A claim must be accompanied by evidence of a loss. Do not focus on your capacity to earn an income as your only reason for making a claim as this may not be successful.

Demonstrating a loss does not include potential contracts or earnings lost through missed work opportunities.

An example of demonstrating a loss would be the need to employ a replacement person during your absence. If someone else is employed to do your work while you are on jury duty then this is a clear demonstration of a loss. In such circumstances the amount reimbursed would usually be limited to your normal wage or salary. Another example would be that because you attended jury service the doors to your business needed to be closed. This is also evidence that would support a claim for reimbursement.

How do I document evidence for a claim?

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All claims will need a comprehensive statutory declaration with all components of the claim form filled in. It is your responsibility to show how you calculated your loss of income by providing evidence that can be verified. Some examples of supporting evidence may include, but are not limited to, an income tax assessment notice, a signed statutory declaration from an authorised accountant, invoices of work linked to bank statements in your name or pay slips. This evidence needs to correlate to your claim supporting the impact that you demonstrate.

All claims will be subject to assessment and may require further supporting documents before approval.

Full or part time employment

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Employers must continue to pay employees who are summoned for jury duty. Failure to do so is a breach of the Juries Act 1957 and severe penalties can be applied to employers.

The Western Australian juries system is unique in comparison to other states of Australia. As a result, the Juries Act 1957 prevails over some parts of the Australian Fair Work Act 2009. Please contact the Manager of Jury Services if you have any questions relating to this matter.

An employer, other than a State Government agency, may submit a claim for lost income if they can demonstrate they have suffered a loss as a result of an employee doing jury duty. This would be detailed in the statutory declaration on the claim form. The explanation of a loss must be accompanied by any documentary evidence available.

Employers who submit a claim for their employee must also provide two payslips for their employee. The first must be for a period prior to jury duty and the other must be for the period while on jury duty.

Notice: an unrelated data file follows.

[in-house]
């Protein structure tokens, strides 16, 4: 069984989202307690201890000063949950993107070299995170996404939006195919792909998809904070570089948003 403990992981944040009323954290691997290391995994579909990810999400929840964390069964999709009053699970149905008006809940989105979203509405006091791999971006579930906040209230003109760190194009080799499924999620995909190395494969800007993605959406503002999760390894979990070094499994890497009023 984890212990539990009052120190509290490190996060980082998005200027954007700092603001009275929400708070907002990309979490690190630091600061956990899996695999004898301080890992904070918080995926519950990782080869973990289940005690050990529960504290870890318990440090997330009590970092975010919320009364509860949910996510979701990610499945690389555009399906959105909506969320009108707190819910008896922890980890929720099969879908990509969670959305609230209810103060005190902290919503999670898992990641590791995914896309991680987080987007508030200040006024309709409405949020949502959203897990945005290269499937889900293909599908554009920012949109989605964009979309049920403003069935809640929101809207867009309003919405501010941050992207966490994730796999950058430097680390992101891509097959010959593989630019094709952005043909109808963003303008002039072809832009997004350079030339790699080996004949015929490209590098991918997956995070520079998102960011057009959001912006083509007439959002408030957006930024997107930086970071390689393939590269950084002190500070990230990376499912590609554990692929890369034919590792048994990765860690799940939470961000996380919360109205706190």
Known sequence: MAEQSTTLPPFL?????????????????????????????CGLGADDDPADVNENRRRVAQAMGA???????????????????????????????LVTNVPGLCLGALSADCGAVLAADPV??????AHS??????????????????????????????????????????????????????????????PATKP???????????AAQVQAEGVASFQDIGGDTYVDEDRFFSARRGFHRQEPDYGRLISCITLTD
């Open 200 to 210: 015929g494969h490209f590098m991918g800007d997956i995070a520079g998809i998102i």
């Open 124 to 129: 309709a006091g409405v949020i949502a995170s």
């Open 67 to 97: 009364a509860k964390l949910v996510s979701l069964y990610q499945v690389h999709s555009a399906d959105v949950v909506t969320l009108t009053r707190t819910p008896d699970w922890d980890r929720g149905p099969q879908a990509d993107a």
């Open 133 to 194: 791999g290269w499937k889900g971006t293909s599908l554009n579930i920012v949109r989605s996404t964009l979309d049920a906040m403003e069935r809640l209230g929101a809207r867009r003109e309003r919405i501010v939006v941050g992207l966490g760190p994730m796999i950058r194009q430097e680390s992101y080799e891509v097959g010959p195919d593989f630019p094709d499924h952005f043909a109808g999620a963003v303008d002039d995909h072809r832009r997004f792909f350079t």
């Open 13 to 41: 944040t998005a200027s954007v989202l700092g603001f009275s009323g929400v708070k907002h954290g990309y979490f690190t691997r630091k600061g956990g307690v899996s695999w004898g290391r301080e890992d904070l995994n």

The claim must exclude allowances (such as site, shift, mobile phones, uniform, vehicle etc) and other ancillary benefits such as bonuses and reward benefits. Claims must also exclude payroll tax.

It is the employer’s responsibility to provide their own calculation for the claim, to demonstrate the loss and provide the relevant supporting documentation.

It is the responsibility of the employee to keep their employer informed of the days relating to selection or attendance for jury duty.

Casual Employment

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Employers must continue to pay casual employees if the employee had a reasonable expectation of work during the period for which they attend jury duty.

Employers must not take action that will disadvantage an employee because they are on jury duty, such as terminating their employment, reducing shifts or reducing remuneration.

Fly In Fly out (FIFO)

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An employer must continue to pay a FIFO employee attending jury duty, as per the legislation, and can make a claim for lost income if they can demonstrate an actual loss.

Reimbursement will not be paid for:

  • Days when the employee is not on jury duty, the cost of airfares or transport to and from the workplace.
  • Any days prior to the first day of attendance.
  • Travel to and from the employee’s normal work location.

Reimbursement will be considered where a break in the selection process occurs, if the employer is able to explain why their employee was unable to return to work or be engaged in any work during that time.

Self Employed

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A self-employed person may submit a claim for lost income if they can demonstrate they have suffered a financial loss as a result of doing jury duty. This would be detailed in the statutory declaration on the claim form. The explanation of a loss must be accompanied by any documentary evidence available. Demonstrating a loss must include detailed reasons as described above.

Business Operators

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Reimbursement for serving on a jury does not apply to a business loss. Reimbursement can only be made in respect to a person who attended jury duty, so evidence of a business income or loss is not relevant. You must provide evidence of your personal income, excluding the impact on the business.

If you allocate yourself an income or draw a wage from the business then this can be used to support your claim.

To make a claim, please download the relevant form below. Once you have filled in the form, please scan it on both sides, as well as the relevant evidence, and email to the court where you did your jury duty. The email address is on the top left of the relevant claim form. Alternatively, you can post the forms to the court.

Page reviewed 4 August 2020